Bone and Joint Institute

Document Type


Publication Date



Orthopaedic Journal of Sports Medicine





URL with Digital Object Identifier



© The Author(s) 2020. Treatment strategies for anterior cruciate ligament (ACL) injuries continue to evolve. Evidence supporting best-practice guidelines for the management of ACL injury is to a large extent based on studies with low-level evidence. An international consensus group of experts was convened to collaboratively advance toward consensus opinions regarding the best available evidence on operative versus nonoperative treatment for ACL injury. The purpose of this study was to report the consensus statements on operative versus nonoperative treatment of ACL injuries developed at the ACL Consensus Meeting Panther Symposium 2019. There were 66 international experts on the management of ACL injuries, representing 18 countries, who were convened and participated in a process based on the Delphi method of achieving consensus. Proposed consensus statements were drafted by the scientific organizing committee and session chairs for the 3 working groups. Panel participants reviewed preliminary statements before the meeting and provided initial agreement and comments on the statement via online survey. During the meeting, discussion and debate occurred for each statement, after which a final vote was then held. Ultimately, 80% agreement was defined a priori as consensus. A total of 11 of 13 statements on operative versus nonoperative treatment of ACL injury reached consensus during the symposium. Overall, 9 statements achieved unanimous support, 2 reached strong consensus, 1 did not achieve consensus, and 1 was removed because of redundancy in the information provided. In highly active patients engaged in jumping, cutting, and pivoting sports, early anatomic ACL reconstruction is recommended because of the high risk of secondary meniscal and cartilage injuries with delayed surgery, although a period of progressive rehabilitation to resolve impairments and improve neuromuscular function is recommended. For patients who seek to return to straight-plane activities, nonoperative treatment with structured, progressive rehabilitation is an acceptable treatment option. However, with persistent functional instability, or when episodes of giving way occur, anatomic ACL reconstruction is indicated. The consensus statements derived from international leaders in the field will assist clinicians in deciding between operative and nonoperative treatment with patients after an ACL injury.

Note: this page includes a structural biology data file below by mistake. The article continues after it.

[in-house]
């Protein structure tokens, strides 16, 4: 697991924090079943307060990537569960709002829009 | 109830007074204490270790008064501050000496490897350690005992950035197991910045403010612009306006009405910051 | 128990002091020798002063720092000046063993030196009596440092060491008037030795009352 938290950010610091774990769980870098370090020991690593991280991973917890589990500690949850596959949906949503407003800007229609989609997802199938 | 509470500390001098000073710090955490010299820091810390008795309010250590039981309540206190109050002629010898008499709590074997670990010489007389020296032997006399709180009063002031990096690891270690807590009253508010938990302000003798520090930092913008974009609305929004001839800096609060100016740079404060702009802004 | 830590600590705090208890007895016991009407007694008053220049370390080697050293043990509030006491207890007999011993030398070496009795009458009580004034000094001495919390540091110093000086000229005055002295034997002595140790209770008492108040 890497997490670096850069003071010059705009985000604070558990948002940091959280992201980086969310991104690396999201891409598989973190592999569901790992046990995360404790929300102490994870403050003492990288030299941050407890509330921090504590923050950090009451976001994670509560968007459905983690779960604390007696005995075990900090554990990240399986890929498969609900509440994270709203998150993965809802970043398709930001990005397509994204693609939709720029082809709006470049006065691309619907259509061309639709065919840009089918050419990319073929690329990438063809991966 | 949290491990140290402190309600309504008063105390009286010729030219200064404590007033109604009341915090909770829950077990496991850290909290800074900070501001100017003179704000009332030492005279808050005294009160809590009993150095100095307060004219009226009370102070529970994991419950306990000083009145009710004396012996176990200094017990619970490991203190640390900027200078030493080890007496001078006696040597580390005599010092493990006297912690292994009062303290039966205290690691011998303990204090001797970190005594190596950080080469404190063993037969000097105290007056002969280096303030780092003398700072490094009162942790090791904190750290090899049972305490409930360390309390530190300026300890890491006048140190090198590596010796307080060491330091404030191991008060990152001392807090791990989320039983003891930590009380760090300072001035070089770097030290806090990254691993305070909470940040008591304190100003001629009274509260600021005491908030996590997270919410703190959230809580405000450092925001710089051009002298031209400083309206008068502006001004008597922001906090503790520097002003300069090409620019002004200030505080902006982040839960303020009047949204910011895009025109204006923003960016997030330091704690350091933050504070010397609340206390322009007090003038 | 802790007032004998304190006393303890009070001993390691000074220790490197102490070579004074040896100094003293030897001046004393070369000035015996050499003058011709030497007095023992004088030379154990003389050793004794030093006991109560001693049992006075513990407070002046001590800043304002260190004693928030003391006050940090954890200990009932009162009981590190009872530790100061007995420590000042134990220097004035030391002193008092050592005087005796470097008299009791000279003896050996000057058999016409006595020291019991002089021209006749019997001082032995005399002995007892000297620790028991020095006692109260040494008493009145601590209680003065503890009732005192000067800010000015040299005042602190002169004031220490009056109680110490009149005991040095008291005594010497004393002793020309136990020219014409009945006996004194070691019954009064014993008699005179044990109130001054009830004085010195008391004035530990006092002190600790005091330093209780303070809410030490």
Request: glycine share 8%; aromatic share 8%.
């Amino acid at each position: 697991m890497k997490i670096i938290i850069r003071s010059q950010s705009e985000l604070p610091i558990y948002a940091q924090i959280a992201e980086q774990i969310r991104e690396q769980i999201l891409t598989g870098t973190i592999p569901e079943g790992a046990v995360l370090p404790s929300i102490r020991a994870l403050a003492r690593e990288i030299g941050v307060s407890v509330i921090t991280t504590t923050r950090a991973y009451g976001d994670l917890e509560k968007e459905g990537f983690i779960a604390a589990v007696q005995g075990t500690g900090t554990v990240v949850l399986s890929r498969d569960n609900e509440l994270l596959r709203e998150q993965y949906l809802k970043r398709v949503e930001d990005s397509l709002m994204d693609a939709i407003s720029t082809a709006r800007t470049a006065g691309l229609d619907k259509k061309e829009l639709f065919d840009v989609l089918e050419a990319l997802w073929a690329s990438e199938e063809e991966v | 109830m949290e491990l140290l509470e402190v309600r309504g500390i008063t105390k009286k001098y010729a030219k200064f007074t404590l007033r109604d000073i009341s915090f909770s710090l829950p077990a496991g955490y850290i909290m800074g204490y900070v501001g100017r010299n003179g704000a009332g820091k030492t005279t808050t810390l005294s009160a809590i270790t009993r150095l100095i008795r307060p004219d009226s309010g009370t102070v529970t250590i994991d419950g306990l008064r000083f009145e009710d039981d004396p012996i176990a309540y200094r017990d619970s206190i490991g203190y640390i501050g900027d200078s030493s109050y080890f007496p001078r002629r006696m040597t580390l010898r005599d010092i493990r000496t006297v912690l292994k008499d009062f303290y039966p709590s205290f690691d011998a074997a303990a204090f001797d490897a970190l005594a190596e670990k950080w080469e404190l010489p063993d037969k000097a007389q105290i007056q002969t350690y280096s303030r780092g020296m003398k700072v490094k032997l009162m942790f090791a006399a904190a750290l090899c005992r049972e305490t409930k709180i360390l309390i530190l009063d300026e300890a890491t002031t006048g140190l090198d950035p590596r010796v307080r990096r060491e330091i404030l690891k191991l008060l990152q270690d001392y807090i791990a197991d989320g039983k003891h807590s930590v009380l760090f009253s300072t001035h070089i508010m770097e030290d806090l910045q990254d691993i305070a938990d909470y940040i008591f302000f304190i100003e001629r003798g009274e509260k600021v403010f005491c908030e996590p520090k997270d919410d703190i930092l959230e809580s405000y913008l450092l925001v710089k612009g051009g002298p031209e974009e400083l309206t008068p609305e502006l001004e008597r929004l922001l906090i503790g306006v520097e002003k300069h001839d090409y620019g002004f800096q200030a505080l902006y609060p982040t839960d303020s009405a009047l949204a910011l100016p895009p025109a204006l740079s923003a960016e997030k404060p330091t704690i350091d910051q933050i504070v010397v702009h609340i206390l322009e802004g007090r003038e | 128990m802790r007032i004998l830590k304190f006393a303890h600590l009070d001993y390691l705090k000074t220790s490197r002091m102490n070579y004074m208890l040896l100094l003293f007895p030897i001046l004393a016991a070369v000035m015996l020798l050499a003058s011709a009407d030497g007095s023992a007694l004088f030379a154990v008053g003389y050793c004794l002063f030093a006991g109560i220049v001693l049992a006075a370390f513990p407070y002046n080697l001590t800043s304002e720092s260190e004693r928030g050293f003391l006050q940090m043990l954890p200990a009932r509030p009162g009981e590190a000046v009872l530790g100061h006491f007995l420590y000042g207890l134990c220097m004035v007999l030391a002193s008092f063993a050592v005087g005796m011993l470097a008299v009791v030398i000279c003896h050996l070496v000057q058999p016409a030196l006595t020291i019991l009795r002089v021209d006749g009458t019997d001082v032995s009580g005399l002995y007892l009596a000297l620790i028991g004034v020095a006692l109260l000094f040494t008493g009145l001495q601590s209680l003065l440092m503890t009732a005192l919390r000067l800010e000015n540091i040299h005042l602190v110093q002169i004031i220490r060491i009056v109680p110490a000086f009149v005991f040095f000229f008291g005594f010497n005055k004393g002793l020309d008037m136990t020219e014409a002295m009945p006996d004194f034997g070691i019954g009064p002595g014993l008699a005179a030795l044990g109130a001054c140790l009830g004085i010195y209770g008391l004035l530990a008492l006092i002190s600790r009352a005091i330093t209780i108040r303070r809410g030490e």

This article is licensed under a Creative Commons Attribution 4.0 International License, which permits use, sharing, adaptation, distribution and reproduction in any medium or format, as long as you give appropriate credit to the original author(s) and the source, provide a link to the Creative Commons licence, and indicate if changes were made. The images or other third party material in this article are included in the article’s Creative Commons licence, unless indicated otherwise in a credit line to the material. If material is not included in the article’s Creative Commons licence and your intended use is not permitted by statutory regulation or exceeds the permitted use, you will need to obtain permission directly from the copyright holder. To view a copy of this licence, visit

This article was originally published as:

Diermeier, T., Rothrauff, B.B., Engebretsen, L. et al. Treatment after anterior cruciate ligament injury: Panther Symposium ACL Treatment Consensus Group. Knee Surg Sports Traumatol Arthrosc 28, 2390–2402 (2020).

Creative Commons License

Creative Commons Attribution 4.0 License
This work is licensed under a Creative Commons Attribution 4.0 License.

Find in your library



To view the content in your browser, please download Adobe Reader or, alternately,
you may Download the file to your hard drive.

NOTE: The latest versions of Adobe Reader do not support viewing PDF files within Firefox on Mac OS and if you are using a modern (Intel) Mac, there is no official plugin for viewing PDF files within the browser window.